Algonquin Park is an Ontario mecca for outdoor adventure and activities. Whether you’re a plaid wearing canoe carrying portage master, or a first timer dipping your feet into the world of interior camping. Algonquin Park has a lake, a trail, and a campsite for everyones needs. The question is where do you start? Who do you talk to about renting a canoe? And what will you need to know in order to make you camping experience in Algonquin a fun and memorable one. If you’re smart you’ll talk to the locals or someone who’s been around the park a while, and what better place to find some knowledgable travellers than at the Wolf Den Bunkhouse. The closest hostel to Algonquin Park. (We’re talking a stones throw by the way!) I honestly lucked out with this whole Wolf Den Hostel encounter. My travel companion and I had spoken about it, but knew we were short on nights in Algonquin Park, so we weren’t able to book an evening there. Bummer! Fortunately, after an amazing 5 hour guided canoe tour with Jamie Honderich, care of Algonquin Outfitters, we had the chance to explore this unique & inviting Ontario marvel. It wasn’t planned by all means. As luck would have it our canoe guide, who’s also a teacher, just so happened to be the original owner. This man literally built the Wolf Den from the ground up! Timbre by timbre. Jamie wanted us to meet the new owner Ben Teskey, unfortunately he was out running errands that particular day. We came across one of the staff members, who after hearing our little story was happy to let us tour the grounds snapping photos. Jamie was pulling double duty, not only had he shared his knowledge of the history and culture behind Canoe Lake & Algonquin Park, he was also telling us about how the Wolf Den came to be. As with most savvy business owners, Jamie saw a niche that nobody else had filled. The closest hostel to Algonquin Park at the time was the HI Maynooth. It wasn’t long before work got started on building a bunkhouse where international & domestic travellers could meet and congregate, winter or summer, and experience as much of Algonquin park as possible. Jamie took us through step by step what was built first, even going so far as to include where some of the wood came from. Turns out a lot of the wood came from his family farm, while some of the guard rails inside were just lucky finds during long hikes. We wandered around each building. Stepping on freshly fallen leaves, the smell of autumn surrounded this place. I watched as Jamie touched each building. He happily explained details about the building process of each log cabin. It was easy to see that he’d put a lot of heart and soul into this project. When I asked “Why did you sell it?“, he warmly replied “Running this place was a full time job, and ultimately family always comes first for me. It was time, and I still feel it was the right decision.” As we entered the Bunkhouse, Jamie told stories of parties & musical gatherings that he used to throw on the upper level of the Wolf Den Bunkhouse. The walls of this bunkhouse oozed Ontario. Snowshoes & cross country skis hung from the walls, and an old wooden canoe was propped above the rafters. A pile of instruments were setup in the corner of the room. Cozy doesn’t begin to describe this room. We climbed down the sturdy wooden stairs, through the large open kitchen, and found our shoes at the door. Jamie Honderich told us that if we ever make it back to Algonquin Park to be sure to stay a night at the Wolf Den. “You’ll have to meet Ben! Out of all the people that were interested in buying Wolf Den, he was the only one I could let myself sell to. He had a similar vision of what the Wolf Den is and what it can become; a safe, home away from home in one of nature’s most beautiful playgrounds.”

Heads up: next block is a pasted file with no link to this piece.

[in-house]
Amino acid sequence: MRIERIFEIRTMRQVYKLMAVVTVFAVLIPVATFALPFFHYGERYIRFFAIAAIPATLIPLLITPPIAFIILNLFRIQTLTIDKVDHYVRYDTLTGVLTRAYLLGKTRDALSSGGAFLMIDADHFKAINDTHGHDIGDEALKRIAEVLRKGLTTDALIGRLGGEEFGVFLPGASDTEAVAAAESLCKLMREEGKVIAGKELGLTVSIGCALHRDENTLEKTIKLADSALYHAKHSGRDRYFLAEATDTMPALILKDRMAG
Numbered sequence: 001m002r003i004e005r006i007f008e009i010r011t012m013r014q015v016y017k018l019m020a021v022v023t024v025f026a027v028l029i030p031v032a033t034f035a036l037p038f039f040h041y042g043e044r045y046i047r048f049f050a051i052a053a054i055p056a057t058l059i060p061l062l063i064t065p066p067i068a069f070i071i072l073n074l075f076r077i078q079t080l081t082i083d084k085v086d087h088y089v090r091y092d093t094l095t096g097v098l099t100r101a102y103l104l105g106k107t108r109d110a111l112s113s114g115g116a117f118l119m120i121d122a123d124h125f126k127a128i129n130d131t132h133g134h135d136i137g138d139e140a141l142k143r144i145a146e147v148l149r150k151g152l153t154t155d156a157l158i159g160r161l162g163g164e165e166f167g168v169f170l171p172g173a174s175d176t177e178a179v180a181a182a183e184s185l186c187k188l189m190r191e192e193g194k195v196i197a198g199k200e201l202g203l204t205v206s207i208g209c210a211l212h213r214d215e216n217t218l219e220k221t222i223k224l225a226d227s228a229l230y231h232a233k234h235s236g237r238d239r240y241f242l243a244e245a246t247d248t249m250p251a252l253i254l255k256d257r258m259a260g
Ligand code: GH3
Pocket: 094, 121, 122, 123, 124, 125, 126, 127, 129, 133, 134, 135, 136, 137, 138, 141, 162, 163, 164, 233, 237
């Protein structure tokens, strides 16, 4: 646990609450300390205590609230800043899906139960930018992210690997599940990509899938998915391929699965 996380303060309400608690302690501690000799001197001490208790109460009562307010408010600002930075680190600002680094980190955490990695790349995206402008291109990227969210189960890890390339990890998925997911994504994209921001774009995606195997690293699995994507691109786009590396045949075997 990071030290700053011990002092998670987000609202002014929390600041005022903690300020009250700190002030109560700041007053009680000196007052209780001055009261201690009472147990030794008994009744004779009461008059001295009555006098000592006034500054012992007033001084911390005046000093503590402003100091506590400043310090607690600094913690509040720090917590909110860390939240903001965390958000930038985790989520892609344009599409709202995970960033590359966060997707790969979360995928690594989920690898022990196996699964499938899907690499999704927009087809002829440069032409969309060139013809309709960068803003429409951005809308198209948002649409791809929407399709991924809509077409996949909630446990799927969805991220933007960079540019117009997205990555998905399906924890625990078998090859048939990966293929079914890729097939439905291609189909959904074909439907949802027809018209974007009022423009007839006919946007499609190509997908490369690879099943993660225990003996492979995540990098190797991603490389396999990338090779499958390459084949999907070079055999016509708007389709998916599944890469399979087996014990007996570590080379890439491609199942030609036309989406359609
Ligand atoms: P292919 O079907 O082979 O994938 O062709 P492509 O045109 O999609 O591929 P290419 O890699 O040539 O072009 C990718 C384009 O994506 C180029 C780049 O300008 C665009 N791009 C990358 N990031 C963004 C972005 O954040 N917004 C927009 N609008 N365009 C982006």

The Wolf Den Bunkhouse & Hostel is open year round for people of all age. Jamie Honderich now operates his own B&B with his partner Pam, check them out at Morgan House, just outside of Algonquin Park. Huge thanks goes out to Jamie for being the friendliest and most knowledgable guide I’ve ever had!